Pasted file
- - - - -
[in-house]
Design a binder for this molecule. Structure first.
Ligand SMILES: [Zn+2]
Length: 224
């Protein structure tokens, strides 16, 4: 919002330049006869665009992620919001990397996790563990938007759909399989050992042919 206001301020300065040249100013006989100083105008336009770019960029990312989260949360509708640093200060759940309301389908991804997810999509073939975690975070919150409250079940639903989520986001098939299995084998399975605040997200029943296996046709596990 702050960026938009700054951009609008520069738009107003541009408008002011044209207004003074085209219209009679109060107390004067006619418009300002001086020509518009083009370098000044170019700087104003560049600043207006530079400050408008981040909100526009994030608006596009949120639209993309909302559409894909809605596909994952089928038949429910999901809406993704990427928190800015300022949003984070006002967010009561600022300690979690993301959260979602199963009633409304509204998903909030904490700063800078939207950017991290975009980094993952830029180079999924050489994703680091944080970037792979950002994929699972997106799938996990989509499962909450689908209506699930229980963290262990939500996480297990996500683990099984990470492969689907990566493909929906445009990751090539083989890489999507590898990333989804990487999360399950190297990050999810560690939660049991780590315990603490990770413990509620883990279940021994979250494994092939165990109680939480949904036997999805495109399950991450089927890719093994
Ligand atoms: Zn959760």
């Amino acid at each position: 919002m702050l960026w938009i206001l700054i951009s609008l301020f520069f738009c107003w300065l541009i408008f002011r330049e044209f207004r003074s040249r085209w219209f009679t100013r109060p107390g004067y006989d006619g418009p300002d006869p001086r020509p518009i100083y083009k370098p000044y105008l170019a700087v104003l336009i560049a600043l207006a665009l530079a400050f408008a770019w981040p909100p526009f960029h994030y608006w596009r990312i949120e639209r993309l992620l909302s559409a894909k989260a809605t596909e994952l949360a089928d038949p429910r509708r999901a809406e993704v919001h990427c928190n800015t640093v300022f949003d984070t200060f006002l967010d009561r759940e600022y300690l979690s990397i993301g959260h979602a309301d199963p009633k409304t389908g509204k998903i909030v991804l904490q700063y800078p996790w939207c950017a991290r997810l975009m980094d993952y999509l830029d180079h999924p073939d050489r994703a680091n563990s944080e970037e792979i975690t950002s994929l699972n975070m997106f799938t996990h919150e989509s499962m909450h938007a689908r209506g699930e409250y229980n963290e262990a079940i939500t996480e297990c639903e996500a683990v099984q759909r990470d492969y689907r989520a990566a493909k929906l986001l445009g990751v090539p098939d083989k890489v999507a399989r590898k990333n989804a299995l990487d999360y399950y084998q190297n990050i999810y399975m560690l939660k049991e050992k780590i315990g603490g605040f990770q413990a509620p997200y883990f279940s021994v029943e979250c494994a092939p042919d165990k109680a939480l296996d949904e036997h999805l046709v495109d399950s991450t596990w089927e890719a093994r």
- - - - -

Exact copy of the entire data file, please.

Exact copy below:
[in-house]
Design a binder for this molecule. Structure first.
Ligand SMILES: [Zn+2]
Length: 224
């Protein structure tokens, strides 16, 4: 919002330049006869665009992620919001990397996790563990938007759909399989050992042919 206001301020300065040249100013006989100083105008336009770019960029990312989260949360509708640093200060759940309301389908991804997810999509073939975690975070919150409250079940639903989520986001098939299995084998399975605040997200029943296996046709596990 702050960026938009700054951009609008520069738009107003541009408008002011044209207004003074085209219209009679109060107390004067006619418009300002001086020509518009083009370098000044170019700087104003560049600043207006530079400050408008981040909100526009994030608006596009949120639209993309909302559409894909809605596909994952089928038949429910999901809406993704990427928190800015300022949003984070006002967010009561600022300690979690993301959260979602199963009633409304509204998903909030904490700063800078939207950017991290975009980094993952830029180079999924050489994703680091944080970037792979950002994929699972997106799938996990989509499962909450689908209506699930229980963290262990939500996480297990996500683990099984990470492969689907990566493909929906445009990751090539083989890489999507590898990333989804990487999360399950190297990050999810560690939660049991780590315990603490990770413990509620883990279940021994979250494994092939165990109680939480949904036997999805495109399950991450089927890719093994
Ligand atoms: Zn959760």
């Amino acid at each position: 919002m702050l960026w938009i206001l700054i951009s609008l301020f520069f738009c107003w300065l541009i408008f002011r330049e044209f207004r003074s040249r085209w219209f009679t100013r109060p107390g004067y006989d006619g418009p300002d006869p001086r020509p518009i100083y083009k370098p000044y105008l170019a700087v104003l336009i560049a600043l207006a665009l530079a400050f408008a770019w981040p909100p526009f960029h994030y608006w596009r990312i949120e639209r993309l992620l909302s559409a894909k989260a809605t596909e994952l949360a089928d038949p429910r509708r999901a809406e993704v919001h990427c928190n800015t640093v300022f949003d984070t200060f006002l967010d009561r759940e600022y300690l979690s990397i993301g959260h979602a309301d199963p009633k409304t389908g509204k998903i909030v991804l904490q700063y800078p996790w939207c950017a991290r997810l975009m980094d993952y999509l830029d180079h999924p073939d050489r994703a680091n563990s944080e970037e792979i975690t950002s994929l699972n975070m997106f799938t996990h919150e989509s499962m909450h938007a689908r209506g699930e409250y229980n963290e262990a079940i939500t996480e297990c639903e996500a683990v099984q759909r990470d492969y689907r989520a990566a493909k929906l986001l445009g990751v090539p098939d083989k890489v999507a399989r590898k990333n989804a299995l990487d999360y399950y084998q190297n990050i999810y399975m560690l939660k049991e050992k780590i315990g603490g605040f990770q413990a509620p997200y883990f279940s021994v029943e979250c494994a092939p042919d165990k109680a939480l296996d949904e036997h999805l046709v495109d399950s991450t596990w089927e890719a093994r």